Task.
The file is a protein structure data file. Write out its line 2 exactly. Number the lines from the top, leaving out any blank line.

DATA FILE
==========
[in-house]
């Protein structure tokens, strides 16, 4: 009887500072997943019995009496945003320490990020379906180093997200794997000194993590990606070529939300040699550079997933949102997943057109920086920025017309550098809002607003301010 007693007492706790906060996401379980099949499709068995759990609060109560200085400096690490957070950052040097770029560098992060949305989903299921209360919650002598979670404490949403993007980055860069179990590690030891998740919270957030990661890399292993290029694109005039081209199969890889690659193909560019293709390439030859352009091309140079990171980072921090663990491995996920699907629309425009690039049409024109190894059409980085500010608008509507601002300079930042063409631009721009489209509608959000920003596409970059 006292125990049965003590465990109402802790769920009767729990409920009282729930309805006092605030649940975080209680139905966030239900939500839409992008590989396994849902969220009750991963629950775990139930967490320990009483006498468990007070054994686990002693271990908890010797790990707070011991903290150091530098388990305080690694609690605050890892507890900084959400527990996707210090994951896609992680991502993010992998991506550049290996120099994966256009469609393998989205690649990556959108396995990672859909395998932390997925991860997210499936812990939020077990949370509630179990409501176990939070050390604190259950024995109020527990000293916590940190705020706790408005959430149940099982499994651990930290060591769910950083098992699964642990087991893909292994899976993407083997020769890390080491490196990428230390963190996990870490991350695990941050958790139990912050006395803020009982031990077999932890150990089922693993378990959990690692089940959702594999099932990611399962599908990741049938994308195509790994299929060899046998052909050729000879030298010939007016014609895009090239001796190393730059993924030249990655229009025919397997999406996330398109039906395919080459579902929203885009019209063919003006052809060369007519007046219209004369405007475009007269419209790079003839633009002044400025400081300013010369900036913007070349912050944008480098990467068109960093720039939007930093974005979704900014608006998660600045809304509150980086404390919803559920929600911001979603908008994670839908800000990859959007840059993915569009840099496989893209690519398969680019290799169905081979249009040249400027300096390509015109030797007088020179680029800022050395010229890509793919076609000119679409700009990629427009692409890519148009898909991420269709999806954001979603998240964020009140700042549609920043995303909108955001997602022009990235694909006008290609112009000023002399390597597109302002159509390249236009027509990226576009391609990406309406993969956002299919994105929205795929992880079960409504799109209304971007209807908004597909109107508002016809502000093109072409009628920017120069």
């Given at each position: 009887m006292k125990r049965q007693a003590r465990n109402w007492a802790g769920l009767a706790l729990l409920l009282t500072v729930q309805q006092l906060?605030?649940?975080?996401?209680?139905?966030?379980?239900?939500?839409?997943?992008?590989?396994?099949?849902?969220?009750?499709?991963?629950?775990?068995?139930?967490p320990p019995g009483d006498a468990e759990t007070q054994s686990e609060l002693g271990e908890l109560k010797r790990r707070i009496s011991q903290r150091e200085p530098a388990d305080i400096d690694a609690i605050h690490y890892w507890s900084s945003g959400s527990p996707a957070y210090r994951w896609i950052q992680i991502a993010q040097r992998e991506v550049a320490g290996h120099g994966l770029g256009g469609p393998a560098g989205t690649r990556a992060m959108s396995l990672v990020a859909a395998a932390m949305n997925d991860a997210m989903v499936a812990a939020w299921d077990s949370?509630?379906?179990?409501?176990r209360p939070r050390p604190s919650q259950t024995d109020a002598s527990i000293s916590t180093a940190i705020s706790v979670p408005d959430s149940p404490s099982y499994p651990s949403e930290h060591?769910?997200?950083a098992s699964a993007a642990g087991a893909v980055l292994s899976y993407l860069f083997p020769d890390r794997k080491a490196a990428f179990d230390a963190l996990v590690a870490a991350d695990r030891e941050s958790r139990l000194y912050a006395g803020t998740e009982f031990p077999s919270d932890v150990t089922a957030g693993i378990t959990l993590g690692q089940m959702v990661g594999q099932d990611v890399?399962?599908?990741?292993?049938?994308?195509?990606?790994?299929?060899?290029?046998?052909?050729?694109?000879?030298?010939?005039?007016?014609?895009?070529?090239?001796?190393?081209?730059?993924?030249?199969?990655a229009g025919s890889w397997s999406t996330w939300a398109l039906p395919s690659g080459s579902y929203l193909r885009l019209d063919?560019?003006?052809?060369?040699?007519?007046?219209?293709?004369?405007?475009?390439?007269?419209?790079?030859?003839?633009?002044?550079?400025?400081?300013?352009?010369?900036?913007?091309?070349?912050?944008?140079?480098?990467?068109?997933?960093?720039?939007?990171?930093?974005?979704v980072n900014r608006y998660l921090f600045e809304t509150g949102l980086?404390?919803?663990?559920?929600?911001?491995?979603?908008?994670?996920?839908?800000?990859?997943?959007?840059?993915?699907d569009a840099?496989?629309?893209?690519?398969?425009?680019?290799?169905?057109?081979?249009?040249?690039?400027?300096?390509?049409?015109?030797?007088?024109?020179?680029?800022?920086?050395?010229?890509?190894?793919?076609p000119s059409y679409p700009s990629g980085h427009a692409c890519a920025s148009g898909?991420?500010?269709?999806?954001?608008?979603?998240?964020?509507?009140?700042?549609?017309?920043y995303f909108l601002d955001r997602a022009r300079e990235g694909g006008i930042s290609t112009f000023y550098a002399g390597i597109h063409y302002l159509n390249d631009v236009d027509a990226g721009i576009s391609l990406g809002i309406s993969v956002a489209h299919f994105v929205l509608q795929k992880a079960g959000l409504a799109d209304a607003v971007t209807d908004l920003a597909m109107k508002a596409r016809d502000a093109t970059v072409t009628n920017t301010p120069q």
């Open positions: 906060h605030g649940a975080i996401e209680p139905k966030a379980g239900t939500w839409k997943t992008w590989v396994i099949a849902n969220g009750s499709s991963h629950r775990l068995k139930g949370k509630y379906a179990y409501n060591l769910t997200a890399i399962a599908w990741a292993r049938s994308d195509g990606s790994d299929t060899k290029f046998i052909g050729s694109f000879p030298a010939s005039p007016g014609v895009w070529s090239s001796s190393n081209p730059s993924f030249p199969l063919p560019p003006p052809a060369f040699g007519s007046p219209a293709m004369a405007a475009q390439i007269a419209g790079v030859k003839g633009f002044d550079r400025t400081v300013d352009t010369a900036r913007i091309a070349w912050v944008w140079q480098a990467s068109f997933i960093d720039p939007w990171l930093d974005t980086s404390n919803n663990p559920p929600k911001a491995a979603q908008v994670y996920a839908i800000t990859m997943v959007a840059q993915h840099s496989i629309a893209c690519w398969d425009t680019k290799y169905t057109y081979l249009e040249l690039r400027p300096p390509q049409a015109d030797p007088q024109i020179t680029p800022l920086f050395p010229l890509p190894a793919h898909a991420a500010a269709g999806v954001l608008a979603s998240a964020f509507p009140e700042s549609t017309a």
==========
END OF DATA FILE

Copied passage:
């Protein structure tokens, strides 16, 4: 009887500072997943019995009496945003320490990020379906180093997200794997000194993590990606070529939300040699550079997933949102997943057109920086920025017309550098809002607003301010 007693007492706790906060996401379980099949499709068995759990609060109560200085400096690490957070950052040097770029560098992060949305989903299921209360919650002598979670404490949403993007980055860069179990590690030891998740919270957030990661890399292993290029694109005039081209199969890889690659193909560019293709390439030859352009091309140079990171980072921090663990491995996920699907629309425009690039049409024109190894059409980085500010608008509507601002300079930042063409631009721009489209509608959000920003596409970059 006292125990049965003590465990109402802790769920009767729990409920009282729930309805006092605030649940975080209680139905966030239900939500839409992008590989396994849902969220009750991963629950775990139930967490320990009483006498468990007070054994686990002693271990908890010797790990707070011991903290150091530098388990305080690694609690605050890892507890900084959400527990996707210090994951896609992680991502993010992998991506550049290996120099994966256009469609393998989205690649990556959108396995990672859909395998932390997925991860997210499936812990939020077990949370509630179990409501176990939070050390604190259950024995109020527990000293916590940190705020706790408005959430149940099982499994651990930290060591769910950083098992699964642990087991893909292994899976993407083997020769890390080491490196990428230390963190996990870490991350695990941050958790139990912050006395803020009982031990077999932890150990089922693993378990959990690692089940959702594999099932990611399962599908990741049938994308195509790994299929060899046998052909050729000879030298010939007016014609895009090239001796190393730059993924030249990655229009025919397997999406996330398109039906395919080459579902929203885009019209063919003006052809060369007519007046219209004369405007475009007269419209790079003839633009002044400025400081300013010369900036913007070349912050944008480098990467068109960093720039939007930093974005979704900014608006998660600045809304509150980086404390919803559920929600911001979603908008994670839908800000990859959007840059993915569009840099496989893209690519398969680019290799169905081979249009040249400027300096390509015109030797007088020179680029800022050395010229890509793919076609000119679409700009990629427009692409890519148009898909991420269709999806954001979603998240964020009140700042549609920043995303909108955001997602022009990235694909006008290609112009000023002399390597597109302002159509390249236009027509990226576009391609990406309406993969956002299919994105929205795929992880079960409504799109209304971007209807908004597909109107508002016809502000093109072409009628920017120069």